Retail banking has changed significantly in the past fifteen years, with the standard operating model now including touchpoints and technologies far removed from traditional counter-based transactions. A recurrent focus on the customer is at the core of these changes, according to a recent post.
Each year, research consultancy Gartner surveys the Unified Communication marketplace – the vendors responsible for hardware and software driving enterprise-scale telephony and communications systems. The 2013 edition cites a number of “clues to the future”, and one of the important factors for the future of this sector is at the core of what we do: User experience.
Recently, Adaptive Path hosted their first Service Experience (SX) conference in San Francisco. The event brought together speakers and attendees from companies, agencies, and public sector organizations. Sketchnotes and some presentations are now available online.
As a means towards innovation and customer-centricity, “design thinking” is lauded as a technique to infuse creativity throughout an organization. We know it’s being taught to future business leaders at places like Stanford’s d.school, but how’s it being applied in the real world? Global enterprise services leader Citrix provides an interesting example.
Despite the increasing prevalence of digital-only services, our daily lives are still comprised of many person-to-person interactions with service providers. From restaurant waitstaff to call center agents, our experience with services is heavily influenced by those we engage with. Focusing on the customer experience is at the heart of successful organizations, and good employee experience plays a role here too.
Recent research published by Forrester in the Harvard Business Review has uncovered a disconnect in how customer experience professionals are aiming to deliver innovation. Despite their hard work, misguided approaches too often fail to deliver the experiences customers truly value.
Well-recognized for decades, design management has paved the way in establishing the value of design in business success, through defined practices and an active community of practitioners. What learnings from the field can be applied for design projects in the digital and multi-touchpoint world?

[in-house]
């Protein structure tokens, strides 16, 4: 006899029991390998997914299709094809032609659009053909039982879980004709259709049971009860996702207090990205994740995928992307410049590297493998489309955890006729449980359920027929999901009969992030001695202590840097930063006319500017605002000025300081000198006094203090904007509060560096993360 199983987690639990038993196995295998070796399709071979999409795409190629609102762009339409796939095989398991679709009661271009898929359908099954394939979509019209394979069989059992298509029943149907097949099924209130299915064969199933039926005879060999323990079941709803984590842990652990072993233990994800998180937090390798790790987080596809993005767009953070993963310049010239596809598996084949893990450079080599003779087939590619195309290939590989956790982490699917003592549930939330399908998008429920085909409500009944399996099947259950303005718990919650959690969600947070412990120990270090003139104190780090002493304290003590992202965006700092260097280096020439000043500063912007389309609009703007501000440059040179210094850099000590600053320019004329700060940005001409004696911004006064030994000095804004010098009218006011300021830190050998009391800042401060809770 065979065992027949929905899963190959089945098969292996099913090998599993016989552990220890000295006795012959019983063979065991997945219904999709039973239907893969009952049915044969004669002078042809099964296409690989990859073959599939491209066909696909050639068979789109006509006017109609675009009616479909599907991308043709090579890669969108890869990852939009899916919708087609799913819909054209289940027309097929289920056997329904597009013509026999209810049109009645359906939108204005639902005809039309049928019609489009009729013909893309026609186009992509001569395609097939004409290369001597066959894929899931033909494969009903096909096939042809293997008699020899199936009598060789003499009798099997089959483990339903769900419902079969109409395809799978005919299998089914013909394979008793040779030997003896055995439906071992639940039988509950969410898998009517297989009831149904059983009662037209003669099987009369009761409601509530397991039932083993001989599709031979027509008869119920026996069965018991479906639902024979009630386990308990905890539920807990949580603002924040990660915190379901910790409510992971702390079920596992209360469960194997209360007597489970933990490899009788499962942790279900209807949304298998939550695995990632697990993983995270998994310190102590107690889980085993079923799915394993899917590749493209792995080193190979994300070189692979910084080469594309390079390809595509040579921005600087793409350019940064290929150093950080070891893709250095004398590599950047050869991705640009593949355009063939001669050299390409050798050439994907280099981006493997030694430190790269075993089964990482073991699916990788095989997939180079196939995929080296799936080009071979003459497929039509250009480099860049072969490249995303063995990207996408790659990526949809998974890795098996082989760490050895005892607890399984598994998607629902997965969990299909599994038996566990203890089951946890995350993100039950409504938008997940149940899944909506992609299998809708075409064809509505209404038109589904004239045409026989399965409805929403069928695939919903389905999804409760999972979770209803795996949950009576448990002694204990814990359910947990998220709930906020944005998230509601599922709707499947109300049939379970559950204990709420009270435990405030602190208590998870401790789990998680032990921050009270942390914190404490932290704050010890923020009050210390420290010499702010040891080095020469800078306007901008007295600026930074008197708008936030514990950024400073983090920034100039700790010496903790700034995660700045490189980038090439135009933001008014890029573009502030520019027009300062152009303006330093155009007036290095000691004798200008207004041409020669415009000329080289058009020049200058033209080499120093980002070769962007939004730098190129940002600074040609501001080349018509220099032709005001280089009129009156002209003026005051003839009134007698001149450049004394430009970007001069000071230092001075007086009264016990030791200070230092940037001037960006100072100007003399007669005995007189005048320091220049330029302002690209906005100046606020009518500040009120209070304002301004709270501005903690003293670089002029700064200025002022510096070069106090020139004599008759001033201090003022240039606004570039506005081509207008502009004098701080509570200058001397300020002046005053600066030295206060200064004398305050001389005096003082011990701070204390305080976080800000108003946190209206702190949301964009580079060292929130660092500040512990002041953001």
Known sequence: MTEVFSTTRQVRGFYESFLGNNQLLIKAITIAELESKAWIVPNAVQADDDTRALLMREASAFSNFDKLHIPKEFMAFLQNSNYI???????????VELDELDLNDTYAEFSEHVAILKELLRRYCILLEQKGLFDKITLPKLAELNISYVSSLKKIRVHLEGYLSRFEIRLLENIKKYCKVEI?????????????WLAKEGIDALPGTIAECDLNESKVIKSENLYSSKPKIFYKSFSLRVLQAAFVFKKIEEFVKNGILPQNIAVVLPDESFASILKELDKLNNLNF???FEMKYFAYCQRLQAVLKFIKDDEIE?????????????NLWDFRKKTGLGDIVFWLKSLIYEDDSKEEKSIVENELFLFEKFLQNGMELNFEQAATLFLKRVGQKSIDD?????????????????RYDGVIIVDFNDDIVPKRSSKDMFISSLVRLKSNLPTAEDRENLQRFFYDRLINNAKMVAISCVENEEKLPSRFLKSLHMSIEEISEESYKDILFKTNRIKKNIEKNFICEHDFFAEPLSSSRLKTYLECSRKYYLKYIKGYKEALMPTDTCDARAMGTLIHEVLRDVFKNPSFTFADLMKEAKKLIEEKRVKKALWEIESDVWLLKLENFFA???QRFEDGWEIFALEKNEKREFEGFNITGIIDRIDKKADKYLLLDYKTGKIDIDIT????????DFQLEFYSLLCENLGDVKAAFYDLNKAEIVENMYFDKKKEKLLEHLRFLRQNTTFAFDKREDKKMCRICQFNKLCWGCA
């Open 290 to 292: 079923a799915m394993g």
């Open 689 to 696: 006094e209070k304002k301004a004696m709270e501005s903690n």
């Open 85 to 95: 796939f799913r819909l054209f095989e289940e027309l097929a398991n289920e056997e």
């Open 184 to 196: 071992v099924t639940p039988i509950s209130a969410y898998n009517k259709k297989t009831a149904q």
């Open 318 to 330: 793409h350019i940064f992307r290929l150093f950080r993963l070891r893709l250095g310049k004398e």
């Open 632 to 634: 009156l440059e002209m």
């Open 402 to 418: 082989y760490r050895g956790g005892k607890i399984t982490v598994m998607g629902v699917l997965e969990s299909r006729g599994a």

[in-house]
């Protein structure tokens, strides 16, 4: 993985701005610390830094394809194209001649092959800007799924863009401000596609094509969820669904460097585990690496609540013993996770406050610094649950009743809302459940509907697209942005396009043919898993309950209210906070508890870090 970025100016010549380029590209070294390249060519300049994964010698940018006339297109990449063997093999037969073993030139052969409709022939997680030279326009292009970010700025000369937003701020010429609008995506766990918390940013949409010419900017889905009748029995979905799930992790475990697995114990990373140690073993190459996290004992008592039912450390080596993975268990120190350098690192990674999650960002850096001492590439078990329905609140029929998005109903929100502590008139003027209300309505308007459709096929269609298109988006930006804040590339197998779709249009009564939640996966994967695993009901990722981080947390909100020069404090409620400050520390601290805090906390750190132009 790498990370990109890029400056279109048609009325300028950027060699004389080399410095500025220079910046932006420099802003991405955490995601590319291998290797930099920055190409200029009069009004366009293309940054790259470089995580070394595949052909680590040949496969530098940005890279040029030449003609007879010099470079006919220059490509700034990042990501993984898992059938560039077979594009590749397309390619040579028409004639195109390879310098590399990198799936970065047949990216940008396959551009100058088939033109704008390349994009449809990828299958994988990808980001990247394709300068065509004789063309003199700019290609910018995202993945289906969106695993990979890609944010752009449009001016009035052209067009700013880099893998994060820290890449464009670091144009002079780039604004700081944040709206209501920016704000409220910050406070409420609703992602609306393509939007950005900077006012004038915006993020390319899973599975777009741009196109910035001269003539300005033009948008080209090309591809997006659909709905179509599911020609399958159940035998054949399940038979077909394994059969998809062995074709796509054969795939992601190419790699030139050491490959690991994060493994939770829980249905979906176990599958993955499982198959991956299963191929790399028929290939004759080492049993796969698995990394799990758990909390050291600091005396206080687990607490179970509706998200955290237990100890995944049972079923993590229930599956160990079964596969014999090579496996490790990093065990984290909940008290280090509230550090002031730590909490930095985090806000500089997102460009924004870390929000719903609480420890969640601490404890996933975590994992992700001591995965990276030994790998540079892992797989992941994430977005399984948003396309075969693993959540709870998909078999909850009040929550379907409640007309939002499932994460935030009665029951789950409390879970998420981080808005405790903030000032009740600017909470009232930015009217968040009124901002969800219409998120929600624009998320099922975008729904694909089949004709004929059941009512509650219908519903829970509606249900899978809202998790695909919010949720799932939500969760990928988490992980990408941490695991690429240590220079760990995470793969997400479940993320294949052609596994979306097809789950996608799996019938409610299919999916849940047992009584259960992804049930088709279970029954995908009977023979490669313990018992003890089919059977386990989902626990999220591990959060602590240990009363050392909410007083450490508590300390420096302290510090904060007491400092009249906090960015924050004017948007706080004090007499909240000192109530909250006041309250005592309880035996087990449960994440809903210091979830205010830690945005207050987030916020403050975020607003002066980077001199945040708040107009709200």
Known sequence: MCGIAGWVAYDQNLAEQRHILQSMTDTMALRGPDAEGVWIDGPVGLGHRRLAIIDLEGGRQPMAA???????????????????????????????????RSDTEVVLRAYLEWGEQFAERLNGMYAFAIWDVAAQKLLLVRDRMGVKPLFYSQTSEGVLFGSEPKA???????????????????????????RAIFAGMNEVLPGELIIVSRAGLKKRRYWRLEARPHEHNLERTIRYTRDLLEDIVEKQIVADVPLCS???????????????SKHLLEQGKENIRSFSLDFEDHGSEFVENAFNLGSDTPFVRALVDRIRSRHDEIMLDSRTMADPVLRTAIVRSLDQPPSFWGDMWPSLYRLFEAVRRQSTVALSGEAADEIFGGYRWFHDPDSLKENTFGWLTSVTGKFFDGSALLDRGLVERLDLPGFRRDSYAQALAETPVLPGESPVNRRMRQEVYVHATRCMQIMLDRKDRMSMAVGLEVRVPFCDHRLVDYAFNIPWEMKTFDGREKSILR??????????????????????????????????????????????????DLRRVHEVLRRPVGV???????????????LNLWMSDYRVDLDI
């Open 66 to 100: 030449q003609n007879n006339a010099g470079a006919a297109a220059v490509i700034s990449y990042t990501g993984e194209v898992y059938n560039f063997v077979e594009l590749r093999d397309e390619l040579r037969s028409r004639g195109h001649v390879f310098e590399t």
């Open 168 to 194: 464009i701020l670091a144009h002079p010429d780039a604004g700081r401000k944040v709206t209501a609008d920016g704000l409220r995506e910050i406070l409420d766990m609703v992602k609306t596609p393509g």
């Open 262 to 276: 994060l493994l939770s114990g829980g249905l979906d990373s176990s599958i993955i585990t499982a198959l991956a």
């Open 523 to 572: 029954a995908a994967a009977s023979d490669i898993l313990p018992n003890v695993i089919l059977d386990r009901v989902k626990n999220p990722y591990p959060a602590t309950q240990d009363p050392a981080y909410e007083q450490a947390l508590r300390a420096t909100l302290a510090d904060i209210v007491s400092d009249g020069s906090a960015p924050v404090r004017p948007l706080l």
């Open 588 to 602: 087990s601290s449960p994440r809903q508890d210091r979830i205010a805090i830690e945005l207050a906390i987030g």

Establishing the value of design in today’s large-scale enterprises is a difficult challenge. Inflexible IT structures, a change-resistant organizational culture, or perceived cost might all be to blame. An external player with clout and authority is one way to get it done, and a new approach promoted by Deloitte is doing just that.
Milan Guenther’s recently-published “Intersection: How Enterprise Design Bridges the Gap Between Business, Technology and People” takes an in-depth look at the broad set of disciplines and techniques that fall under the term “enterprise design” – a subject close to our heart.
Recently we’ve looked at the business aspects of UX management, from the characteristics of successful UX teams, to the role of the UX manager itself. An in-depth look and analysis of UX management itself seems in order.
Hierarchical structures and organizational silos are common within modern businesses, but their existence both hampers customer experience and impedes efficiency, according to some. In this post, we look at both issues, and solutions that have been proposed.
Last week we looked at the role of UX managers and the important responsibility they shoulder within organizations. Now lets step back from that single role and look at the UX team itself. What can be learned about how it is composed, and what criteria determine its success?
“Put your staff first, customers second, and shareholders third.” If that advice sounds illogical, you might expect it’s come from someone with little business success to speak of. But think again; it’s from none other than Sir Richard Branson (who, not coincidentally, knows a thing or two about customer experience too).
With predictions from marketing, technology and customer experience for 2013 in full swing, changes in the boardroom are emerging as far as customer advocates are concerned. In an interview with Marchai Bruchey (CCO of Thunderhead), Neil Davey discusses her role, activities, and responsibilities as a chief customer officer, making corporate culture more customer-centered.
Inconsistent, incoherent and fragmented customer experiences are more the rule than than the exception. One of their major causes is the lack of coordination between departments in an organization (a.k.a.the silos). Initiating Customer Experience Councils might be a tactic to make sure customer experiences are orchestrated properly.